Nic Janto (they/them)
Nic is a first-year PhD Student in the Genetics and Molecular Biology program at Emory University in Atlanta, GA. They are currently rotating in Dr. Adam Gracz's lab, working on a project to understand the genetic regulatory mechanisms by which biliary epithelial cells transdifferentiate into hepatocytes following liver injury. @NicJanto
I’ve been really excited about the research I’ve been able to get involved in during my first year of graduate school, and my proudest accomplishment so far was simply getting here! I earned my undergraduate degree from a small, private, non-research institution and I wasn’t sure I would be able to get accepted to grad school on my first application cycle since I didn’t have as much research experience as most other applicants. But I surprised myself and wound up here at Emory the fall after I graduated with my Bachelor’s.
Growing up in a rather conservative town and attending a small Catholic college, you can imagine I didn’t have many queer role models in STEM or in any other areas of my life. But a key mentor who played a major role in getting me to where I am now was my college professor Dr. Ryan King. I ended up taking three different biology classes taught by him during my time at St. Norbert College, in which he must have seen potential in me that I wasn’t always too convinced of myself. He encouraged me to apply to NSF REUs for a summer research experience at a larger institution and to apply to grad school, both of which he wrote letters of recommendation for. I haven’t decided quite yet what I want to do after earning my PhD, but it’s professors like Dr. King who make me want to stay in academia to teach and mentor students and help them realize their potential the way he did for me.
By far the most powerful thing STEM can do to support transgender researchers, and the transgender community as a whole, is to stand up against those who wield science as a weapon against transgender people and to justify their transphobia. Many people try to use oversimplified “basic biology” to invalidate the trans experience and bar access to trans related healthcare. But the truth is that biology is highly nuanced and almost always operates on spectrums. Our current understanding of biology cannot explain why people are transgender, and it’s possible it never fully will given the profound social influence on gender and transgender identities. But the absence of an explanation for a phenomenon does not negate or invalidate its existence. In fact, any scientist knows that unexplainable phenomena are precisely what drive science forward. We’re good scientists not only when we acknowledge the unknown, but when we embrace the unknown as our source of inspiration.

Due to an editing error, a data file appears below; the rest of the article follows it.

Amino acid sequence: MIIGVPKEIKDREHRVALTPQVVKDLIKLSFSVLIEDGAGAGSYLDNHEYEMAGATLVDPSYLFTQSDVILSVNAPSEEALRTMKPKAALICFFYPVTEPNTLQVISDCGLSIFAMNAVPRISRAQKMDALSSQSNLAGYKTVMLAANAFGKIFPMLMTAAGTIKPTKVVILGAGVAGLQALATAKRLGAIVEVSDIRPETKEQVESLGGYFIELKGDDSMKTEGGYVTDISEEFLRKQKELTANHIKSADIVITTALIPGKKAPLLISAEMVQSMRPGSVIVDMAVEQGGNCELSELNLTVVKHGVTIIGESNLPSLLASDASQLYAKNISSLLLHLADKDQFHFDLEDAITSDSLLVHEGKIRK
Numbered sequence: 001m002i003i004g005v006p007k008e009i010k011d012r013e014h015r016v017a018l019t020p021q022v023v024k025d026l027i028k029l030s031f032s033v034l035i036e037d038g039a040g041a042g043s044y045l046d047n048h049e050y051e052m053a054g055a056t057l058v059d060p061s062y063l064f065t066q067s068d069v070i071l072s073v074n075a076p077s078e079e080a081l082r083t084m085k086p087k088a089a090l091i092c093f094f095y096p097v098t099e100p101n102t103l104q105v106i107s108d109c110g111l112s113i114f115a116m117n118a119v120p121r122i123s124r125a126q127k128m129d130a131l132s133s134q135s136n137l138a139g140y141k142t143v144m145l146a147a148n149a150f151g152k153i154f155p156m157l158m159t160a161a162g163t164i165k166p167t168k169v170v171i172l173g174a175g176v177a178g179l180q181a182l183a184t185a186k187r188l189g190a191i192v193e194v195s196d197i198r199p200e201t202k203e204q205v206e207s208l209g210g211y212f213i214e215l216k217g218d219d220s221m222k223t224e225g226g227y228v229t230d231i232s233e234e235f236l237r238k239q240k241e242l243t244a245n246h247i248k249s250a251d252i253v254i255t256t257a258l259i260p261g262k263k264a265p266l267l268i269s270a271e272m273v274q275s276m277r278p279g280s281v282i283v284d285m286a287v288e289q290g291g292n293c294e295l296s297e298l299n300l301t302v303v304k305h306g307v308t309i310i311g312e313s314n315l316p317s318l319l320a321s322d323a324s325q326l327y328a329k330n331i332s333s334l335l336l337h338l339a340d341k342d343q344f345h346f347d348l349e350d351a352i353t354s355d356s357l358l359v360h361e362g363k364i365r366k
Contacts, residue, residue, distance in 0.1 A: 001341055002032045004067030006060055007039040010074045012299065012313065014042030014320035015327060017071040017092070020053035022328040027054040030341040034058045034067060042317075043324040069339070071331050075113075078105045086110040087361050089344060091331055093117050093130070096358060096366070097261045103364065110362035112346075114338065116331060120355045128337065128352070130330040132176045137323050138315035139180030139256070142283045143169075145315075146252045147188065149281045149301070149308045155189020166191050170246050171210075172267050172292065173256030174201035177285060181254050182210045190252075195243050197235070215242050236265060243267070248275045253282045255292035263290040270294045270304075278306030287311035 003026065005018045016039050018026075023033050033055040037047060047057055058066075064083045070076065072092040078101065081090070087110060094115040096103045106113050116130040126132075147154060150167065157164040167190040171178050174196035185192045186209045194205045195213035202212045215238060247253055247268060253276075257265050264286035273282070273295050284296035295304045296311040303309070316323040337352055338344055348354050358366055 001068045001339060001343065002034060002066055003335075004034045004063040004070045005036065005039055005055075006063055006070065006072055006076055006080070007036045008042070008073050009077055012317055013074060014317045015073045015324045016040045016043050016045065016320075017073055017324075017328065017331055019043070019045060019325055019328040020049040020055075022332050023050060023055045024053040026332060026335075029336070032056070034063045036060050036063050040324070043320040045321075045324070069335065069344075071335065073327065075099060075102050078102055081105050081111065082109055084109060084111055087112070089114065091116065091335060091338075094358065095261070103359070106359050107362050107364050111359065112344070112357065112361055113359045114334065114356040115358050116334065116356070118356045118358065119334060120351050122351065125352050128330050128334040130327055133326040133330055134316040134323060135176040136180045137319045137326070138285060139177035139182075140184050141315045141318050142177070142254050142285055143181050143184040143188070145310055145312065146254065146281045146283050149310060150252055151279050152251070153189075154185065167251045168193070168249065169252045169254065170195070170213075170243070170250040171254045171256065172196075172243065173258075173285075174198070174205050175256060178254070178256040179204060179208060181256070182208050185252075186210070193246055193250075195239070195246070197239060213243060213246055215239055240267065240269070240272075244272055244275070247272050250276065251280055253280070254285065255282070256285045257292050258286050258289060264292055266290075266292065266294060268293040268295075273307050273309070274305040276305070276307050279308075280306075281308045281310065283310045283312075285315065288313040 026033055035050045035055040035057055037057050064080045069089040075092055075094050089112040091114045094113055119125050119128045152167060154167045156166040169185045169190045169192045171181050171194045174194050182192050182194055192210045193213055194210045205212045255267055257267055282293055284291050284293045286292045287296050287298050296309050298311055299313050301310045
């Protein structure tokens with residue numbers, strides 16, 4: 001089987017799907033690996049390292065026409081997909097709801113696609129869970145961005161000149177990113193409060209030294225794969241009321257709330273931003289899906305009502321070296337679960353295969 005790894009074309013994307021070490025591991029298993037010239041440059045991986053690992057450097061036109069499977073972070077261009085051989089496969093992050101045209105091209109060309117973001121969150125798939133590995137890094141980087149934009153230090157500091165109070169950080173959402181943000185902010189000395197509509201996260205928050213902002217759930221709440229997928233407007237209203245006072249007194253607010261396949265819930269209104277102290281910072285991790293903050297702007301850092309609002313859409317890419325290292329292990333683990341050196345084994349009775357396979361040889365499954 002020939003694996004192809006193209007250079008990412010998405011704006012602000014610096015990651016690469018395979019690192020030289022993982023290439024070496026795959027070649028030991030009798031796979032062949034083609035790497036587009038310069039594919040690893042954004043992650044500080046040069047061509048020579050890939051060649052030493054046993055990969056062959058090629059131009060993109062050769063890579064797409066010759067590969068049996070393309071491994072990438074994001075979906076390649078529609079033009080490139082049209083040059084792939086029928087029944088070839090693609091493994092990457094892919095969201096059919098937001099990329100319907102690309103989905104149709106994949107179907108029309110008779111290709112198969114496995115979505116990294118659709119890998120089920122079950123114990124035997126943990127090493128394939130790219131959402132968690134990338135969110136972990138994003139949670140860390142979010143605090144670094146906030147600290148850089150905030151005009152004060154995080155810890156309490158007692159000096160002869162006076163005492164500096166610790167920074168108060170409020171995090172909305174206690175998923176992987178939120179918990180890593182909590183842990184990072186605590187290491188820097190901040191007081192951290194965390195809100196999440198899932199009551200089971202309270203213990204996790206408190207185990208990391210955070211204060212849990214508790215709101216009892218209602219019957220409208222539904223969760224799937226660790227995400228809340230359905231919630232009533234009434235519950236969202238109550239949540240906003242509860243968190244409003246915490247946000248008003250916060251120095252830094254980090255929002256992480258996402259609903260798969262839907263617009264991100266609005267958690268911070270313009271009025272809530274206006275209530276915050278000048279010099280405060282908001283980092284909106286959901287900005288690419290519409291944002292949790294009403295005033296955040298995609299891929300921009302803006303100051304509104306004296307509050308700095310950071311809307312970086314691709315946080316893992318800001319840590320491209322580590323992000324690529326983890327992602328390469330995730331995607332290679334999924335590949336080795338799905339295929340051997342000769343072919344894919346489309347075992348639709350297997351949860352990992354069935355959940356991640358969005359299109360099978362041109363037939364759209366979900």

Helena García-Cebollada (she/her/hers)
Helena is a predoctoral researcher in structural bioinformatics at the University of Zaragoza, in Spain. Her research assesses molecular dynamics and static structural properties to better understand and predict the impact of single amino acid mutations on the structure and function of proteins. @elhectro2
I am very proud of the two web tools we have developed: Protposer, for predicting potentially stabilizing single point mutations on proteins, and Pirepred, an interpretation tool for neonatal screening protein variants (writing in progress for both tools at the time).
My first key mentor was my Biology teacher when I was 17, who passed his passion for Biology on me and, most importantly, taught me than being different from the normative majority was not a thing to be ashamed of, on the contrary, it enriched our vision of the world and life. Further in my career, women in STEM and, specially, Dr. Margarita Salas, a Spanish biochemist whose career and speeches (which I was lucky enough to hear live) reinforced the idea that, even being part of a minoritized group, it was worth trying to develop a career on science. In the last few years, Dr. Juani Bermejo was a great example for me of being trans, activist and successful in science.
The whole STEM system needs to be rethought to support minorities, not only transgender people, from allowing name changes in academic publications (which many of them are already possible), to questioning the criteria used for establishing your career in academia. As it happens with women in STEM, the percentage of LGBTQ researchers drops in academia as the responsibility of the charge increases. This is most probably due to prejudice and evaluating criteria that do not take into account other circumstances out of the white male cis-heterocentric gaze. Thus, we scientists, science activists and science policy makers need to take active measures on creating diverse evaluating committees, safe workspaces and, especially in the case of trans people, debunking false myths used to harm and deny rights to the trans population, such as the idea of gender being fully determined by genitals.